The big picture: Nvidia's new strategy is centered around generative AIs, large language models, and recommender systems, and so is its latest DGX supercomputer. The company believes these will soon form the "digital engines of the modern economy" as companies like Meta, Google, and Microsoft are racing to realize the benefits of AI using Nvidia's Grace, Hopper, and Ada Lovelace hardware architectures.

By now it's no secret that Nvidia has gone all-in on the idea of selling shovels to companies big and small that are manically digging in the land of generative AIs in search of digital treasure. The company is well-positioned to capitalize on this trend and could very well become the first chipmaker with a $1 trillion valuation – more than double that of TSMC, the company that makes more than half of the world's most advanced chips.

Nvidia's announcements at Computex 2023 reflect this new strategy very well. Nvidia CEO Jensen Huang has revealed the company's Grace Hopper GH200 super chips are now in full production, highlighting their potential for accelerating compute services and software for new business models and optimizing existing ones.

Huang says the tech industry has hit a hard wall with traditional architecture in recent years, which is why it's been increasingly turning to GPUs and accelerated computing to solve complex computing tasks. To satisfy this surge in demand, Nvidia has developed a new DGX GH200 supercomputing platform that packs 256 Grace Hopper GH200 super chips.

Each Grace Hopper unit combines a Grace CPU and an H100 Tensor Core GPU, and the DGX GH200 system is supposedly able to deliver one exaflop of compute performance as well as ten times more memory bandwidth than the previous generation. For reference, the first exascale computer was the Frontier supercomputer at the Oak Ridge National Laboratory in Tennessee, which was able to reach 1.2 exaflops in the Linmark test last year, taking the crown away from the Japanese Fugaku system.

The DGX GH200 also comes equipped with 144 terabytes of shared memory – 500 times more than in the DGX A100 system it's replacing. This should allow companies to easily build and run generative AI models like the one behind ChatGPT. Nvidia says Microsoft, Google Cloud, and Meta are among the first clients for the new supercomputer, while Japan's SoftBank is looking to bring the GH 200 super chips to data centers across the Asian country.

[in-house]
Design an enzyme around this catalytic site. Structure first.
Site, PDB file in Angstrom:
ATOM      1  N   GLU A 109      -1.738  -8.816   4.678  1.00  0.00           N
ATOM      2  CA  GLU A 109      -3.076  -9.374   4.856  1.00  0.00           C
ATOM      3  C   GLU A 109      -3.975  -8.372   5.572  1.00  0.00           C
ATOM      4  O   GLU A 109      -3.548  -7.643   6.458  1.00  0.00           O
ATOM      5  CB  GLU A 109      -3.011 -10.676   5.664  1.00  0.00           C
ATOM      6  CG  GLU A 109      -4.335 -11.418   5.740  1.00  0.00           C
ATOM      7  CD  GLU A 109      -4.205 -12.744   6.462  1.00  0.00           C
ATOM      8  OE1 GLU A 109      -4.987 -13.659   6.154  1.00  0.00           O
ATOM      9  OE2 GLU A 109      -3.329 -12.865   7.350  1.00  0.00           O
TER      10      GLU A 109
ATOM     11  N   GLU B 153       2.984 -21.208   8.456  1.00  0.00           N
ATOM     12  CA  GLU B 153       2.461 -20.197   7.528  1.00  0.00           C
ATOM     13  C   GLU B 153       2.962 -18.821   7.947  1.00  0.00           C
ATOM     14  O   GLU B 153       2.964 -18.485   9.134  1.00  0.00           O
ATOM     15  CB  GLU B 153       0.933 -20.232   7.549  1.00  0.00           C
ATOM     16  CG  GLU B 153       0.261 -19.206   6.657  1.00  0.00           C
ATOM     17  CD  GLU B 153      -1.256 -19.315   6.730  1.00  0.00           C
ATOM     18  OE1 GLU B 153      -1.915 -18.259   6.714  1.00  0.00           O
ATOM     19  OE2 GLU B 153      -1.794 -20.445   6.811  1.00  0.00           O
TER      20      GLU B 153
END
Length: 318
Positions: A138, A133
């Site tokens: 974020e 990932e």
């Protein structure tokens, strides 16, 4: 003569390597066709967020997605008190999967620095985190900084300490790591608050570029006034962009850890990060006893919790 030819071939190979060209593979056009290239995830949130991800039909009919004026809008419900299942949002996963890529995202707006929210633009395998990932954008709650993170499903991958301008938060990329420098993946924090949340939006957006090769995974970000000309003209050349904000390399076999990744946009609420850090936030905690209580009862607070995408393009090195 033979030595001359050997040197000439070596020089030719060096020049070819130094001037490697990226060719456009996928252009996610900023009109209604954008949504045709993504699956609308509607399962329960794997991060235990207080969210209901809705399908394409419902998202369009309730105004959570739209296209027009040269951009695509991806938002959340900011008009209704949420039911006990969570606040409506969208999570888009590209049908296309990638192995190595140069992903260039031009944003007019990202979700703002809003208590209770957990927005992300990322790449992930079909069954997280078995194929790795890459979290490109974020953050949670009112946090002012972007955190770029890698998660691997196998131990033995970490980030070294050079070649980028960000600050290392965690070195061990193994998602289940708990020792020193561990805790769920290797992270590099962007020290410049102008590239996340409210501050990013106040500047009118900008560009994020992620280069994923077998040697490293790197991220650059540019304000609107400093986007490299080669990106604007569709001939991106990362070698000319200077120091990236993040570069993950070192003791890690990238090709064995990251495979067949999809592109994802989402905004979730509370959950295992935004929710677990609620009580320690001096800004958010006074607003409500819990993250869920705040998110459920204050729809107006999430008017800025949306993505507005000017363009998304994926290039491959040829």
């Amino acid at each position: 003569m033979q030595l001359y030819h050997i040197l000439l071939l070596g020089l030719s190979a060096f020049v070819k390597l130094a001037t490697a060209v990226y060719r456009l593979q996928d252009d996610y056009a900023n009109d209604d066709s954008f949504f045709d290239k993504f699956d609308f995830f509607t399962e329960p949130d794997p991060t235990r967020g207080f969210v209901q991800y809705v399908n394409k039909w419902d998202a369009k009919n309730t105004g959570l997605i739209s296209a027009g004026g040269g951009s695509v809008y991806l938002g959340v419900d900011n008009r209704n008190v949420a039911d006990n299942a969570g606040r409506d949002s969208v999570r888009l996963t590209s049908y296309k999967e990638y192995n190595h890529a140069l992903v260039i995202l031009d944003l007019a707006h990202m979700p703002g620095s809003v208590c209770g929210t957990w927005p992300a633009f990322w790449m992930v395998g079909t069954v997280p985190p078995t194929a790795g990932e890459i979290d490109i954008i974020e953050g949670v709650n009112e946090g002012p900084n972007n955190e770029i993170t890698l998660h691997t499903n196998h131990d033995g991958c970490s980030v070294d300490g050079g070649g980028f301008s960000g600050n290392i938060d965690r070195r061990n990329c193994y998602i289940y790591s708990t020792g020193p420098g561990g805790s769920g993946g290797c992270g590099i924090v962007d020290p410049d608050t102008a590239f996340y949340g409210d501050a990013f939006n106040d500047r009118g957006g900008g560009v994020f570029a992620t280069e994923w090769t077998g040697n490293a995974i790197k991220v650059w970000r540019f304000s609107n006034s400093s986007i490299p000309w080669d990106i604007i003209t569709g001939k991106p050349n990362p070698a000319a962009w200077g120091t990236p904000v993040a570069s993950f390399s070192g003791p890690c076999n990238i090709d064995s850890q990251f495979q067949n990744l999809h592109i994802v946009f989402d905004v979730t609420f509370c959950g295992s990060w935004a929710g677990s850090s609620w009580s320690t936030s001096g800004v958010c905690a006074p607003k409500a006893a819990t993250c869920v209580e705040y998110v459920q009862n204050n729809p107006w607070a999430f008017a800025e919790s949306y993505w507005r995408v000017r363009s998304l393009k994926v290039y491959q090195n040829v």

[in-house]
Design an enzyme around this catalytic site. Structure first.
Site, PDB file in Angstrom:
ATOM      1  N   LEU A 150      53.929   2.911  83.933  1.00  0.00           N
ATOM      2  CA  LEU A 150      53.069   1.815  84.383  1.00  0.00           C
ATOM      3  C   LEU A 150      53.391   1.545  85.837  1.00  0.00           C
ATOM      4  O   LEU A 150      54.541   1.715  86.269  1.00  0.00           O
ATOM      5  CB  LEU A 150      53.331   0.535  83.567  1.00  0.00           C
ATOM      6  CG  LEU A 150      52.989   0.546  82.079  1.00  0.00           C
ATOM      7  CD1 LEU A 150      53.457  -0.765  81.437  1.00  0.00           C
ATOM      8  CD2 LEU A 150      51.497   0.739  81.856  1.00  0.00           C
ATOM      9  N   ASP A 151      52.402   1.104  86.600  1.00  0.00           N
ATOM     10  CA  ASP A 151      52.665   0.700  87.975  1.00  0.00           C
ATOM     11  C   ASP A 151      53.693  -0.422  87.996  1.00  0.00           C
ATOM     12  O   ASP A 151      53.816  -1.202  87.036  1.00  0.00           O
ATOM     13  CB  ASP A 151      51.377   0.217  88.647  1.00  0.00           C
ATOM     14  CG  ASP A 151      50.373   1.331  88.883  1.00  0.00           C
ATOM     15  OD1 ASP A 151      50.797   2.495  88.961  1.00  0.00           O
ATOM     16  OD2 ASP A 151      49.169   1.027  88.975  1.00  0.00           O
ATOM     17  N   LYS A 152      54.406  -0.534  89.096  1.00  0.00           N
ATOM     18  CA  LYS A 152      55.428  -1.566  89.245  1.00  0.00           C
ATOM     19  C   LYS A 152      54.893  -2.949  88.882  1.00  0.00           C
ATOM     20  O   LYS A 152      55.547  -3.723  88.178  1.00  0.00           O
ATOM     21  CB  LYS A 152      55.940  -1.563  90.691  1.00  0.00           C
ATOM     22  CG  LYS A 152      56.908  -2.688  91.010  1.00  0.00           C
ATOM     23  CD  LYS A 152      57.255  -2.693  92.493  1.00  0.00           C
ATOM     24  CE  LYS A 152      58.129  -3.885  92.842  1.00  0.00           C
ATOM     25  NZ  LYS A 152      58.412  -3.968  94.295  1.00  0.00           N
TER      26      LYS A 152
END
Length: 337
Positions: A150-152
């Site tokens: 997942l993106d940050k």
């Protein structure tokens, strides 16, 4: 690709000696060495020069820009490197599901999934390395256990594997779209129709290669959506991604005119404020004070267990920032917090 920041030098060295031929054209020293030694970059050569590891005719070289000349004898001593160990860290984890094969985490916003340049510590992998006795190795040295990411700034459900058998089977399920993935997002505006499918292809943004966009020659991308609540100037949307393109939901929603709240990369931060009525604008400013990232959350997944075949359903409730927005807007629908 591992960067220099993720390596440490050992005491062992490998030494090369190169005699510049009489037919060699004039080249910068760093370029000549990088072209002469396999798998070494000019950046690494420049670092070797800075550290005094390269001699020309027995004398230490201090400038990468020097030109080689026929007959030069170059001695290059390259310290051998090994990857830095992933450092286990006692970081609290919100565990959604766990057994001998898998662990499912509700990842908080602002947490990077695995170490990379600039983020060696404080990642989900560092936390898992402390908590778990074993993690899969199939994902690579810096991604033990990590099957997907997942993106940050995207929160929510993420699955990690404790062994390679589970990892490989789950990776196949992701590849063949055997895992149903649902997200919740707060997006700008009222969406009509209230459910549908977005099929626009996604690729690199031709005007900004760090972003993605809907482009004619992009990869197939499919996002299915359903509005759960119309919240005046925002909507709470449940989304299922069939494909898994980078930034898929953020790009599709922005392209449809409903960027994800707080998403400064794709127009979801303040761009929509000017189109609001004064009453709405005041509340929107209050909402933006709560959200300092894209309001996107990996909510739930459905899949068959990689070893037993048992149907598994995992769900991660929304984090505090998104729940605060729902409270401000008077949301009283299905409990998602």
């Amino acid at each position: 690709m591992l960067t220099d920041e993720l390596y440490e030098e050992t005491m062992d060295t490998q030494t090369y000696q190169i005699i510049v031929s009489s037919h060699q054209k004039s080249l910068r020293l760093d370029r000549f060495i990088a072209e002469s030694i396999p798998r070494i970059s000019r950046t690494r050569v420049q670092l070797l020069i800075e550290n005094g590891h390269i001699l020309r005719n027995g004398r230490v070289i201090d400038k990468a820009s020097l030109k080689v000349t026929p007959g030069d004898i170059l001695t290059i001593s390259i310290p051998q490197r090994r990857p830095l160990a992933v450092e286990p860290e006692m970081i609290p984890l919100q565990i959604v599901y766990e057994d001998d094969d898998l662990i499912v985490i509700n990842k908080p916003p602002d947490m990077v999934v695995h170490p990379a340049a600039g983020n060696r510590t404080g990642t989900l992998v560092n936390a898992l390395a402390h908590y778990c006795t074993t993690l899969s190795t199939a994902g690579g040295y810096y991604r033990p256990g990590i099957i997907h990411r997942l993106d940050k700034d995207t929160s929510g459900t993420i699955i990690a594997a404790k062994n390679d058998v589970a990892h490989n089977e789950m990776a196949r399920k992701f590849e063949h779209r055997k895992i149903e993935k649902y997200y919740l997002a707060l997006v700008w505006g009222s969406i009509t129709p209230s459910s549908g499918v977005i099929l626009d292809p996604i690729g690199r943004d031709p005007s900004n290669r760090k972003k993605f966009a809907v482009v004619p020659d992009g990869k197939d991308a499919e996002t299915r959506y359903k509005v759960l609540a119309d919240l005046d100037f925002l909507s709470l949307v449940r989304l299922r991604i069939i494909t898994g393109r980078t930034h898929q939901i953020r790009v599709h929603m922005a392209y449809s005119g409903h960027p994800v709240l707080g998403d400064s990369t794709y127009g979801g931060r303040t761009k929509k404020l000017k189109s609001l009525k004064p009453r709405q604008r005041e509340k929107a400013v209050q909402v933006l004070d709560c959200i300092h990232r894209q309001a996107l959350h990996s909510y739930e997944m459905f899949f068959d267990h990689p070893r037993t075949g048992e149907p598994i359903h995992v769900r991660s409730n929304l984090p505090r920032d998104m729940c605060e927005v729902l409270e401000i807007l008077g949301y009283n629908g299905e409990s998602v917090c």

Nvidia will also use four DGX GH200 systems linked using Quantum-2 InfiniBand networking with up to 400 Gb per second bandwidth to create its own AI supercomputer called Helios. Separately, the company is introducing over 400 different system configurations coming to market in the coming months that integrate the Hopper, Grace, and Ada Lovelace architectures for a variety of high-performance computing applications.

When standing next to a life-size visual representation of the DGX GH200 system on stage, Huang described it as "four elephants, one GPU," since any GH200 unit has access to the entire 144-terabyte memory pool. He also tried humoring the audience by noting that he wondered if this new system could run Crysis. Given the fact that enthusiasts have been able to run the famous title right from a GeForce RTX 3090's VRAM, you could probably run many thousands of simultaneous instances using a monster like the DGX GH200.

One thing is for sure: Nvidia is almost laser-focused on capitalizing on the AI chip boom as powering advancements in this area is what brings in over half of its revenues. The new DGX supercomputer is yet another attempt to keep the industry hooked on Nvidia products. Whether a company wants to power 5G networks, generative AI services, factory robots, augmented and virtual reality experiences, or advertising engines, Nvidia wants to be the go-to vendor for all enterprises looking to use accelerated computing.

Gamers are still on the company's radar, albeit more through the lens of what AI can do to enhance gaming experiences. For instance, Nvidia's newly-announced Avatar Cloud Engine for Games will allow developers to improve interactions with non-playable characters by linking them to a large language model. The company wouldn't say what the systems requirements would look like for this new technology, but we do know Nvidia's research arm is busy exploring ways to optimize game assets in future games using AI.